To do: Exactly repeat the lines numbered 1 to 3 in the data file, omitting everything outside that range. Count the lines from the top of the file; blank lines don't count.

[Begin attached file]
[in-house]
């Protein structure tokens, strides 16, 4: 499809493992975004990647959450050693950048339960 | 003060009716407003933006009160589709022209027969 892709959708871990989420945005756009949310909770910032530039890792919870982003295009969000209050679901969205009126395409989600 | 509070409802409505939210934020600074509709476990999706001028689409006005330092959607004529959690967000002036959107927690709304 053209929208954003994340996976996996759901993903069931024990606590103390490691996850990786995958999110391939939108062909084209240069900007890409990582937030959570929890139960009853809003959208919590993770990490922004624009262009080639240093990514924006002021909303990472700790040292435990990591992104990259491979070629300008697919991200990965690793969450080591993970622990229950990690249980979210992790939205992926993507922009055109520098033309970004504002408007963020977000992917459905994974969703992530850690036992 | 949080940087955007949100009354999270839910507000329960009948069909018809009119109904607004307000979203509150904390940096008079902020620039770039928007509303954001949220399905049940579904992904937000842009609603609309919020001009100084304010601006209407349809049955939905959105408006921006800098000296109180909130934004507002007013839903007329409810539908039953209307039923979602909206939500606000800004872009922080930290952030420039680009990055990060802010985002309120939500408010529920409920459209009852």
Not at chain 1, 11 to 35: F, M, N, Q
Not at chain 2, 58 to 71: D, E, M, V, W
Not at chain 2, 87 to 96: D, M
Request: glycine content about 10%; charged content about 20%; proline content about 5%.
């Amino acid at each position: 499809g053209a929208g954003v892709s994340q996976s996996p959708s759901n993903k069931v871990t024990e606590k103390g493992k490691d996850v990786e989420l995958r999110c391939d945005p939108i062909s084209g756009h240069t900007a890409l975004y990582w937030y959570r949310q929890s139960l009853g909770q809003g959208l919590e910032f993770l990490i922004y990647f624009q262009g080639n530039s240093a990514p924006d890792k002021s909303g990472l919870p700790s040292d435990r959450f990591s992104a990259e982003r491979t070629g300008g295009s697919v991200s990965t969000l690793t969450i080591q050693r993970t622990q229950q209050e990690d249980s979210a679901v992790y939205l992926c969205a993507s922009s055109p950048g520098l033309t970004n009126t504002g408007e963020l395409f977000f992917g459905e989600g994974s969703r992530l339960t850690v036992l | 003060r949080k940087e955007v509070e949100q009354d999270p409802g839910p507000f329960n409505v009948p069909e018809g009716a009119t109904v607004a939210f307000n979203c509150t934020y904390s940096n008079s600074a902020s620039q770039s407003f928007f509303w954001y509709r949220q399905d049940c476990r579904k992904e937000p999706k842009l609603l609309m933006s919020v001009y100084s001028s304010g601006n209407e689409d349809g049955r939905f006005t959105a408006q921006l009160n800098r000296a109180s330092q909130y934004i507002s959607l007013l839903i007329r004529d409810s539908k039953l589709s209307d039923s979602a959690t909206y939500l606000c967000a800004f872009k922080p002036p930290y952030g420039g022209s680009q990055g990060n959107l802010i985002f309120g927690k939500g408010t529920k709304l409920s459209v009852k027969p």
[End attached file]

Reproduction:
[in-house]
């Protein structure tokens, strides 16, 4: 499809493992975004990647959450050693950048339960 | 003060009716407003933006009160589709022209027969 892709959708871990989420945005756009949310909770910032530039890792919870982003295009969000209050679901969205009126395409989600 | 509070409802409505939210934020600074509709476990999706001028689409006005330092959607004529959690967000002036959107927690709304 053209929208954003994340996976996996759901993903069931024990606590103390490691996850990786995958999110391939939108062909084209240069900007890409990582937030959570929890139960009853809003959208919590993770990490922004624009262009080639240093990514924006002021909303990472700790040292435990990591992104990259491979070629300008697919991200990965690793969450080591993970622990229950990690249980979210992790939205992926993507922009055109520098033309970004504002408007963020977000992917459905994974969703992530850690036992 | 949080940087955007949100009354999270839910507000329960009948069909018809009119109904607004307000979203509150904390940096008079902020620039770039928007509303954001949220399905049940579904992904937000842009609603609309919020001009100084304010601006209407349809049955939905959105408006921006800098000296109180909130934004507002007013839903007329409810539908039953209307039923979602909206939500606000800004872009922080930290952030420039680009990055990060802010985002309120939500408010529920409920459209009852």
Not at chain 1, 11 to 35: F, M, N, Q